Many companies use social media sites to facilitate ecommerce sales. Some of them have attempted to sell products directly on Facebook. Others use social media to spur traffic and sales at their own ecommerce sites. The results of these collective efforts have been mixed.
Some larger companies have closed their Facebook stores — GameStop and J.C. Penney are notable examples — and others report few referrals from their social media activities.
Is Social Commerce Dead?
Does this mean social commerce is dead? The answer is no. Social commerce is not dead. It is growing slowly compared to overall ecommerce, but it is here to stay.
Here is proof.
- Facebook Offers. Facebook recently launched “Offers,” a coupon-like promotion, for any global business with more than 400 Facebook Fans. This will boost to social commerce as consumers will be able to view Offers directly in their Facebook news feeds.
- Funding for startups. Social commerce startups continue to attract funding, such as for the social gifting site Treater and social commerce platform Ondango. Pinterest, the curated shopping site, raised $100 million earlier this year, bringing its total funding to $148 million.
- Examples of success. Fab.com, a retailer of consumer products, recently said that shoppers who use social features on its site purchase more than twice as much as shoppers who don’t.
- Continued innovation. 8thBridge, which created the first 1800Flowers.com Facebook store, has launched Graphite, a new social commerce platform. 8thBridge says the following retailers now use Graphite: American Apparel, Avon, Deb Shops, Dogeared, Elle, Guitar Center, Hallmark, Hayneedle.com, Milly, Nasty Gal, Nine West, Oscar de la Renta, Plum District, and Toms.
- Examples of leading retailers. Zappos.com recently created an app called PinPointing that combines Pinterest and ecommerce. Simply search for a Pinterest user to see a list of product suggestions based on his or her pins and boards.
5 Keys to Social Commerce Success
To build a business on social commerce, remember five key points.
1. User experience is different on social commerce. While some retailers have closed their Facebook stores, others like 1800Flowers.com, ASOS, and Tesco have thrived.
The key differentiator is user experience. The successful ones use the tools of the social platform versus replicating the features of their web stores. A retailer investing in a social commerce presence should start with a clean slate, designing a fresh experience.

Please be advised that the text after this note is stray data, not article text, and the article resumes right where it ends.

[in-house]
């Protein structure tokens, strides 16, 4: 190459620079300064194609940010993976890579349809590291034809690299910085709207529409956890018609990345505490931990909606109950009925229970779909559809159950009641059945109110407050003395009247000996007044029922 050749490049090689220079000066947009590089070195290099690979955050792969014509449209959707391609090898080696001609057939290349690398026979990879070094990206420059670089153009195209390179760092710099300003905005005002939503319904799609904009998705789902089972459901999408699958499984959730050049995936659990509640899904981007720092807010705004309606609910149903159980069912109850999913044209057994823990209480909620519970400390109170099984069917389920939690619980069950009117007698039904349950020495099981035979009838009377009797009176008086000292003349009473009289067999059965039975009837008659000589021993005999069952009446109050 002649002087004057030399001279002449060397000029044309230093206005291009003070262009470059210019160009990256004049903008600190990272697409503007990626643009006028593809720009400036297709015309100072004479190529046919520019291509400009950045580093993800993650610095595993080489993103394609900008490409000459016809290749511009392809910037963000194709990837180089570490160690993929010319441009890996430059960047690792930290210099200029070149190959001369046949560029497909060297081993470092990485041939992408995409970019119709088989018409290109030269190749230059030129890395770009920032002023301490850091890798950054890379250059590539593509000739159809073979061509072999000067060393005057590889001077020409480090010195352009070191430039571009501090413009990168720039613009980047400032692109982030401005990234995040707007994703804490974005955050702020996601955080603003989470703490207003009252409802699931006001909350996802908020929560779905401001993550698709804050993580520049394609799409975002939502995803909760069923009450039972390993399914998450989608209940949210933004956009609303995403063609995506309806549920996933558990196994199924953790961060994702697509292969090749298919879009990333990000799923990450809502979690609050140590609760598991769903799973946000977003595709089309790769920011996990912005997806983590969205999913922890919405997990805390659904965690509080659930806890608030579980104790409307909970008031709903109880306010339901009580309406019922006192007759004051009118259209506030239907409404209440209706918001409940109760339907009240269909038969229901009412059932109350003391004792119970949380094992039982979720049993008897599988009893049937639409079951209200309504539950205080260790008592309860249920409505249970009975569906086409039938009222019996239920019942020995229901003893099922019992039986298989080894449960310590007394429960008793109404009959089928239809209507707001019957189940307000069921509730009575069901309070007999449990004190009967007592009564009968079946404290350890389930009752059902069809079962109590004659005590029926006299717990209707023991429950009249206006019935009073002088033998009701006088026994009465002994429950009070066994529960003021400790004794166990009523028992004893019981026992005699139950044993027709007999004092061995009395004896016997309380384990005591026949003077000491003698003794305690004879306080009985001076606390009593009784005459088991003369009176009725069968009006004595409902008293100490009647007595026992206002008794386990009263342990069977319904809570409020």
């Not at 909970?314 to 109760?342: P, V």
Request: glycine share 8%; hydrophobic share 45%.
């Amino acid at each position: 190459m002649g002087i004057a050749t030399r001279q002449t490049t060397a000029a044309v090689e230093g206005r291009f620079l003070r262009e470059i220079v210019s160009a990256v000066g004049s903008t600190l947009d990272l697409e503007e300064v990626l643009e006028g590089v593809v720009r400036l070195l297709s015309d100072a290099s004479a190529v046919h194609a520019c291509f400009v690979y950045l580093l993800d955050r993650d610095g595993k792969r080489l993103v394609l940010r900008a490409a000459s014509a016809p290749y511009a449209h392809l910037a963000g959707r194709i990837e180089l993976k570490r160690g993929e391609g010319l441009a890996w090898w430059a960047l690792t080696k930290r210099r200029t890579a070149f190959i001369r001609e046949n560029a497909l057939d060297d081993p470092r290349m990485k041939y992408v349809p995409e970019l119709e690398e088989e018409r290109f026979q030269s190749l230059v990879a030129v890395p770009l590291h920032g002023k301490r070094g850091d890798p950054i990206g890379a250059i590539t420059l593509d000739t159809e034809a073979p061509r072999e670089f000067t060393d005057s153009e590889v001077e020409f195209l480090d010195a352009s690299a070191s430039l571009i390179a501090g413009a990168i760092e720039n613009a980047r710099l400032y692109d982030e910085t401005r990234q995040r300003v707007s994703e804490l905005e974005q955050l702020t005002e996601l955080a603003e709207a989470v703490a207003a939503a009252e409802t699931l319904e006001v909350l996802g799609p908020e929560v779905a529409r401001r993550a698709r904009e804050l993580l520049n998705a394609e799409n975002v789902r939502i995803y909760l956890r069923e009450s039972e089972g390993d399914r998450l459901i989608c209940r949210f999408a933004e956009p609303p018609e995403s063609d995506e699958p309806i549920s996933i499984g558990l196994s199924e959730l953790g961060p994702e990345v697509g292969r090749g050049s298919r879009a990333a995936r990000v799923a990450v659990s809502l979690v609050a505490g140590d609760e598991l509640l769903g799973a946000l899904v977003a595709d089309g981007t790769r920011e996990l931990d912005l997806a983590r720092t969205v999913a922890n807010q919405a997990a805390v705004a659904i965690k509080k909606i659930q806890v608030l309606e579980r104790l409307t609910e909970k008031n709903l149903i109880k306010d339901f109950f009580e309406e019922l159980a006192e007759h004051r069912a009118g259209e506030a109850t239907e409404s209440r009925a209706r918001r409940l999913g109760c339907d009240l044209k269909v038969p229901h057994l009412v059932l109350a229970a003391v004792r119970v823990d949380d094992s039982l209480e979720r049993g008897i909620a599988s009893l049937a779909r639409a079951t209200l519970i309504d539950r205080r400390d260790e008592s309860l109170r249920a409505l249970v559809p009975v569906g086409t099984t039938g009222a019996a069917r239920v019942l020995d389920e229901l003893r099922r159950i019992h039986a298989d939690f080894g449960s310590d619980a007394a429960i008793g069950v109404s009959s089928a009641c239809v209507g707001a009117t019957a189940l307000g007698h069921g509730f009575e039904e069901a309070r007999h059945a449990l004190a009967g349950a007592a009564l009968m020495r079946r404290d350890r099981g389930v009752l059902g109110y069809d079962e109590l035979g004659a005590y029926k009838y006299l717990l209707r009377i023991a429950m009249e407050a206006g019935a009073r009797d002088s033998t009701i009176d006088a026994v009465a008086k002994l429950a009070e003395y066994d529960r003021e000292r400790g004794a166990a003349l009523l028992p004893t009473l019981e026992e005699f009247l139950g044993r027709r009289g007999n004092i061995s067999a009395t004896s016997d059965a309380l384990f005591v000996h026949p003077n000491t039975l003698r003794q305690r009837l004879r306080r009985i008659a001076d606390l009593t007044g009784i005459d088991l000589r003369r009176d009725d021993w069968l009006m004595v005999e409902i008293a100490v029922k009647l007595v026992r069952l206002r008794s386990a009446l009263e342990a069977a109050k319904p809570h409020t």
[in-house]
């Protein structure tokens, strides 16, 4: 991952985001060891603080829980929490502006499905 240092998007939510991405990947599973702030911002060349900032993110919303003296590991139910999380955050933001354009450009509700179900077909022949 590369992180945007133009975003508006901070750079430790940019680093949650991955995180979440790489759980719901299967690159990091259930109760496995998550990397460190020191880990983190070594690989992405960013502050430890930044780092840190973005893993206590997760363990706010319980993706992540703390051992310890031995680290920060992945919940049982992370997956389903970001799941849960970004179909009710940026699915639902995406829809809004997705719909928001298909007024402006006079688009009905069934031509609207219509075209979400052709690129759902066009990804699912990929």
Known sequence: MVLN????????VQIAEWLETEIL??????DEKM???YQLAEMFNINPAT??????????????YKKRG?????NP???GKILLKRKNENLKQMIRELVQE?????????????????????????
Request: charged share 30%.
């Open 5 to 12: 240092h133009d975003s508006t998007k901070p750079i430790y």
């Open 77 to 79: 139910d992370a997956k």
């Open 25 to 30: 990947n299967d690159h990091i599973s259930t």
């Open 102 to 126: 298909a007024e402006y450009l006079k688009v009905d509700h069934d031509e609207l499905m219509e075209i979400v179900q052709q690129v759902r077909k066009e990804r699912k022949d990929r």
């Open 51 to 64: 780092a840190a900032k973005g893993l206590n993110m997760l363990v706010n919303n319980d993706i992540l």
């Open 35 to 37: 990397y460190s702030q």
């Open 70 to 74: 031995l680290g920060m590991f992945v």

2. Set clear goals for social marketing versus social commerce. The goals of social marketing could be customer acquisition costs, number of Likes on a page, popularity of a social campaign based on number of page views, and so on. Social commerce goals, meanwhile, involve revenue targets for products in different regions on different social networks. In most cases social marketing will help achieve the social commerce goals. But there could be instances where the social marketing goals are achieved and the social commerce goals are not, indicating a tweak in the social commerce approach to meet the desired goal.
3. Social marketplaces are a good starting point. If you are just starting out with social commerce, building a site on a marketplace is a good option. Payvment and Moonfruit offer Facebook-enabled marketplaces. Each offers a low starting cost. Each say over 150,000 retailers have signed up — claiming to add about 1,000 retailers every week.
4. Extend your existing store. If social marketplaces are not the right channels for your business, you can set up your own social commerce presence. There is no need to build a separate social commerce store, as several existing options can help. StoreYa.com and Beetailer.com, for example, allow integration with leading ecommerce platforms like Magento, Shopify and PrestaShop. These options also enable automatic syncing between your web store and social commerce store, eliminate dual updating.
5. Measure success of your social commerce presence. Social media generates large volumes of data because of the interactions between the different users. It is important to analyze this data, in near real time, to gauge the customer sentiment related to your company and the products. Large retailers have customer service teams proactively monitoring the social networks for customer complaints and questions. Large companies also use analytics tools like Radian6 and Moontoast.com to measure customer sentiment, among other metrics.
Social commerce is new. Before you invest in it, try a few different options. This is similar to the A/B testing approach for web commerce — each option will require at least a few weeks to gauge success. As social commerce matures, the best is yet to come.